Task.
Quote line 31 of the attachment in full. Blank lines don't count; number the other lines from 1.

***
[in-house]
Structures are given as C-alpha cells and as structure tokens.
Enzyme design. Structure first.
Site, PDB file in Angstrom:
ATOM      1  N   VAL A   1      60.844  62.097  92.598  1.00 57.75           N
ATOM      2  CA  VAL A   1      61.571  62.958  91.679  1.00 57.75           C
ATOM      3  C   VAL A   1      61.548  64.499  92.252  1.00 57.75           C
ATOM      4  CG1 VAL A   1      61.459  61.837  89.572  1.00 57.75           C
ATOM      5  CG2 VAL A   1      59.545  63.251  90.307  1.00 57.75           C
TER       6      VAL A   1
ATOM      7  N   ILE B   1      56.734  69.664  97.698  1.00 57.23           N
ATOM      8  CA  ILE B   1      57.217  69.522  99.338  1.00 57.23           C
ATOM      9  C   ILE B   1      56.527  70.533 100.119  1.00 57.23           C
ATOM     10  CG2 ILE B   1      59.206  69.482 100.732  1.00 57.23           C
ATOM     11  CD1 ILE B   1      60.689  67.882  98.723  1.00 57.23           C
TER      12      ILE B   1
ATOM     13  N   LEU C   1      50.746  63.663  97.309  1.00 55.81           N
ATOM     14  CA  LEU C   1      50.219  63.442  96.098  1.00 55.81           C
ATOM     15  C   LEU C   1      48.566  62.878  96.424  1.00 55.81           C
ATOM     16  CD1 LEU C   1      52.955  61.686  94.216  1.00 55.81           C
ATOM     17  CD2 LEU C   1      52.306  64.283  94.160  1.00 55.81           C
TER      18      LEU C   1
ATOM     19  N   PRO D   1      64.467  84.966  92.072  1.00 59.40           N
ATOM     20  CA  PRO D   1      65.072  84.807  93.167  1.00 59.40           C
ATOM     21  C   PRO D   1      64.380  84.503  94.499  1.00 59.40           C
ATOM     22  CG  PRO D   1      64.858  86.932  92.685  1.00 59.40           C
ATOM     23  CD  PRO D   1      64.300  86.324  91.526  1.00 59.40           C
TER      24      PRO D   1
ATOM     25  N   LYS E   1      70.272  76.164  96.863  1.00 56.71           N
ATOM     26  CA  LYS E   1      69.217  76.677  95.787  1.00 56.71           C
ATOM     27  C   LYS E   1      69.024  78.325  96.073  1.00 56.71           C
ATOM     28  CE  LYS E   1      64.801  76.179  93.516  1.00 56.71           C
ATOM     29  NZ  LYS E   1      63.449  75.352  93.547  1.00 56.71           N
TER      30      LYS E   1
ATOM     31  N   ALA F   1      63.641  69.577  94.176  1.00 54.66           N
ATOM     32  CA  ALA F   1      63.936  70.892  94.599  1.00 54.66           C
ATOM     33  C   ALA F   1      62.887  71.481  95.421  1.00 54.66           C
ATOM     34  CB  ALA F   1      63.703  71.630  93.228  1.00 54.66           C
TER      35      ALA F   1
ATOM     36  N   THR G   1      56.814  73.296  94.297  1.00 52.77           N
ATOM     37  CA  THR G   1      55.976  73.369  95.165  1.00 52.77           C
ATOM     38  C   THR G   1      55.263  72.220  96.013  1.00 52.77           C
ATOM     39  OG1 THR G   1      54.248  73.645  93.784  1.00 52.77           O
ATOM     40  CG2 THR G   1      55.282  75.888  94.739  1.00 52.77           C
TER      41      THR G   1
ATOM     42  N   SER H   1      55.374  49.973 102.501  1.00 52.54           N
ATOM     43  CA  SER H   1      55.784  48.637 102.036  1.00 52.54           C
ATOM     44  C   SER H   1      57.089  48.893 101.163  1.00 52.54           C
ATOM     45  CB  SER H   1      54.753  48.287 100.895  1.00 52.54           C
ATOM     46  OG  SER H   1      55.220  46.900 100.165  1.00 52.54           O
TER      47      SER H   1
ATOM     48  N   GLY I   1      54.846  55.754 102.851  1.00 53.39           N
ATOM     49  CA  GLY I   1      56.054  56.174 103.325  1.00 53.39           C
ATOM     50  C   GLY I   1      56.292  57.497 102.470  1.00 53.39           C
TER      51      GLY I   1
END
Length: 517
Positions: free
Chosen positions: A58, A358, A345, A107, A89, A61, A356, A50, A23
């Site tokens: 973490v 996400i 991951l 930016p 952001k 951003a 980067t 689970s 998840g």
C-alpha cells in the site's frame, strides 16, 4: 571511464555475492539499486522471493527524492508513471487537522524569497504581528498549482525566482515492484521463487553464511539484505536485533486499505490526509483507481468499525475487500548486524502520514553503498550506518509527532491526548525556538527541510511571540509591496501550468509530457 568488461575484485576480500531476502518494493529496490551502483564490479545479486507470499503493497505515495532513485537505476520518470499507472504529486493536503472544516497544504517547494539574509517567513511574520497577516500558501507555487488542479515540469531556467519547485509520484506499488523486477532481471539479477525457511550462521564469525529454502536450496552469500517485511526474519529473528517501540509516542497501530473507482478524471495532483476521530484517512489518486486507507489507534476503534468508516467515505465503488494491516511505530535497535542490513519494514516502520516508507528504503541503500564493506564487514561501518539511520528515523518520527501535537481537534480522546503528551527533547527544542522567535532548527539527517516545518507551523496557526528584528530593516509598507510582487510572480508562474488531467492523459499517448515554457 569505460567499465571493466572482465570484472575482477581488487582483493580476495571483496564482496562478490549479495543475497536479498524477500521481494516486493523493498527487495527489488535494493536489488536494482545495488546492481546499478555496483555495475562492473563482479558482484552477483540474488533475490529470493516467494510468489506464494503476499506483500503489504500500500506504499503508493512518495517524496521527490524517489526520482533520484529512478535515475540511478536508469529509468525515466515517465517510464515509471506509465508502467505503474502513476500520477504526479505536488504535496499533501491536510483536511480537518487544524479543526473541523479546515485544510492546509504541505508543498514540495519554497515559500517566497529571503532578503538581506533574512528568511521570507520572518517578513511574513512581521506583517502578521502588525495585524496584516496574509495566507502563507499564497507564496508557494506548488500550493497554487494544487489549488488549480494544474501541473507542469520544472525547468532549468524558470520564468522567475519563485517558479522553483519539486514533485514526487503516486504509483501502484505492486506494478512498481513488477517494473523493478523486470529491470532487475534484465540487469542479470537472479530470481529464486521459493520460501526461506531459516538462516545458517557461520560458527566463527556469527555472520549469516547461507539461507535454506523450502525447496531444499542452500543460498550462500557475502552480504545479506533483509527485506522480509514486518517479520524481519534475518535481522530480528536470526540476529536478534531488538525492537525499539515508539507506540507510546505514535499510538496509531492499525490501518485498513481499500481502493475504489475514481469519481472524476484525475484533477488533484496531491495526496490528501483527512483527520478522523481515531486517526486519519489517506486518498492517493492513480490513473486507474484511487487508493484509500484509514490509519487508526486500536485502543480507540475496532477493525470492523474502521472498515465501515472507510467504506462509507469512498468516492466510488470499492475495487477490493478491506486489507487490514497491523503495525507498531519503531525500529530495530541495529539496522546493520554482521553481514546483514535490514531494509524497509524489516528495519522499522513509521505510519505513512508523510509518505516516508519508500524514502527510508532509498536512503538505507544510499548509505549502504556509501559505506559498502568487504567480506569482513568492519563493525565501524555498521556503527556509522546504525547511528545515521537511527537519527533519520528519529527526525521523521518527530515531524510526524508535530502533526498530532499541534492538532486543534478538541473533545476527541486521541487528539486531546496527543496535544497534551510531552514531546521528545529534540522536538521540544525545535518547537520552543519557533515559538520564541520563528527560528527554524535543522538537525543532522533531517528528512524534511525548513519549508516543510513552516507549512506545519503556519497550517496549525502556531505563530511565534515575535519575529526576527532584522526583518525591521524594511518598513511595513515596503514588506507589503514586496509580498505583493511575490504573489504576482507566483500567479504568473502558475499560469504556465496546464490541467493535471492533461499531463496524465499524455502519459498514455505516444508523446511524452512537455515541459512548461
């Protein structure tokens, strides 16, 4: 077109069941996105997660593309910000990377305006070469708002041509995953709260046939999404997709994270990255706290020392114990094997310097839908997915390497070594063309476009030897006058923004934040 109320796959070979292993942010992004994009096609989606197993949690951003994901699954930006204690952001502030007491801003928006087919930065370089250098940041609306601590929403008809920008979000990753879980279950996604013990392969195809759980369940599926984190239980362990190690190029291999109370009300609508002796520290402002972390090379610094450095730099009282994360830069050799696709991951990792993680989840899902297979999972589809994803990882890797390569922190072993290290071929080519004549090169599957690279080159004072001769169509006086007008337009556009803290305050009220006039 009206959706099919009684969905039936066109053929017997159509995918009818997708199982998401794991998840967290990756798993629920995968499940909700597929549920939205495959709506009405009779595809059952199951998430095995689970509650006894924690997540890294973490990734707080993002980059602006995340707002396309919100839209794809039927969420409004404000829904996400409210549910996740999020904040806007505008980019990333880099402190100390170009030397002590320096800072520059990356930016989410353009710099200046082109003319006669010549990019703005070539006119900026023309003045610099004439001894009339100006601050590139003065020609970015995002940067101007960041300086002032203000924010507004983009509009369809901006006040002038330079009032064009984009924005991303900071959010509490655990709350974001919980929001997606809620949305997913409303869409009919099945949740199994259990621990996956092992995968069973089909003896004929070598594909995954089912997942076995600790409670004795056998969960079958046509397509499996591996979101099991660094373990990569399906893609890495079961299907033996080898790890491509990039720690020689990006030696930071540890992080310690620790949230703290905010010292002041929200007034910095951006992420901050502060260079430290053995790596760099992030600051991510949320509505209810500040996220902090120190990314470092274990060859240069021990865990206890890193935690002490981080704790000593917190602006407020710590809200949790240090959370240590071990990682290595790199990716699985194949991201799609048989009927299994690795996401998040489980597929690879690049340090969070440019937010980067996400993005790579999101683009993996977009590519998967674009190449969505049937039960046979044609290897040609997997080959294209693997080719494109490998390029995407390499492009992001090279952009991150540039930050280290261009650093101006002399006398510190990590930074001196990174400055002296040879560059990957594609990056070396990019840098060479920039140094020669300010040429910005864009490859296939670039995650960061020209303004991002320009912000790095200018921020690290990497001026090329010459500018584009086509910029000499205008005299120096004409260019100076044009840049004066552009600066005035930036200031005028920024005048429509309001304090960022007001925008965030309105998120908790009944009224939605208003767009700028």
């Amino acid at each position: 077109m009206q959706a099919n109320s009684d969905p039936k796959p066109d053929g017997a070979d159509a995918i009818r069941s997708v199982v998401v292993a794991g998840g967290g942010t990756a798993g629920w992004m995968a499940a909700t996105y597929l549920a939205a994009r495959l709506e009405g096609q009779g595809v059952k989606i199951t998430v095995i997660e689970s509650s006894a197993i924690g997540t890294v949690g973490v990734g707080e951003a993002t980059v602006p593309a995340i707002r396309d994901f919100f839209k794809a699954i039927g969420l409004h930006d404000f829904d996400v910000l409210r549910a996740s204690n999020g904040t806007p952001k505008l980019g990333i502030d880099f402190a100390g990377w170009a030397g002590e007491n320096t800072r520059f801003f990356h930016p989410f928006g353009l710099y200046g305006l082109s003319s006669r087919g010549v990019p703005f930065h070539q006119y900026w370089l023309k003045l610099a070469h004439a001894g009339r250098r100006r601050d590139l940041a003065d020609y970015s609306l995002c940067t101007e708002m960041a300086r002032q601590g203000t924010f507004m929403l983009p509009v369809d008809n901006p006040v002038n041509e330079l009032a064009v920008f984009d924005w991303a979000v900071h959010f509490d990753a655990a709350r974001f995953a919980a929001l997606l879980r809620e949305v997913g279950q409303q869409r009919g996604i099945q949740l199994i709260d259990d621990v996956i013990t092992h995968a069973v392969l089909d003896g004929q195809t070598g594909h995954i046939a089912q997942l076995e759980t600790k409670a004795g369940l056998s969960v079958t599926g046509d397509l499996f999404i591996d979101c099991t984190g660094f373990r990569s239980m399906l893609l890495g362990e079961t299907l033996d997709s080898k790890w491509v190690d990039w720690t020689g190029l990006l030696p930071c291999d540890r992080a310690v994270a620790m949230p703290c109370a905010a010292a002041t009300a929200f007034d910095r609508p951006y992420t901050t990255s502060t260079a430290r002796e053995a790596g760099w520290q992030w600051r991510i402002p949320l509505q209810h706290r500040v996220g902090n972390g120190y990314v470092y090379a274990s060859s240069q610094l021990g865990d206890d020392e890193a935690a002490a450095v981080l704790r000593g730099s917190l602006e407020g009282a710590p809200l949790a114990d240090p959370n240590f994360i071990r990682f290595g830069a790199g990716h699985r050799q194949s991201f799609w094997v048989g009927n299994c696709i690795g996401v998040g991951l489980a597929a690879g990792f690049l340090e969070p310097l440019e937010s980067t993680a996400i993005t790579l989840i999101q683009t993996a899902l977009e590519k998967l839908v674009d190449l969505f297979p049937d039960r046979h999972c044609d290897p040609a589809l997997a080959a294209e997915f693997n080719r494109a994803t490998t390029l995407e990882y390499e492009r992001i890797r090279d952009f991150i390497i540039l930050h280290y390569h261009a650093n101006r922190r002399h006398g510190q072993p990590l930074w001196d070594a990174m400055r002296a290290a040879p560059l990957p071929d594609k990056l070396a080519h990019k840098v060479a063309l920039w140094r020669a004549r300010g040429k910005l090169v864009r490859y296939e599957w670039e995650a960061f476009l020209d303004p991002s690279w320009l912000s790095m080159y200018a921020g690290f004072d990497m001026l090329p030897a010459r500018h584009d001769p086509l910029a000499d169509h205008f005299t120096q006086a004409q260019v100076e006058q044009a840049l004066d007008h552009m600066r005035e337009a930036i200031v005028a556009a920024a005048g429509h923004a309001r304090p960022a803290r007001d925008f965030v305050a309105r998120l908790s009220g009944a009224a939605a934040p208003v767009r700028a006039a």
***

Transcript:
ATOM     27  C   LYS E   1      69.024  78.325  96.073  1.00 56.71           C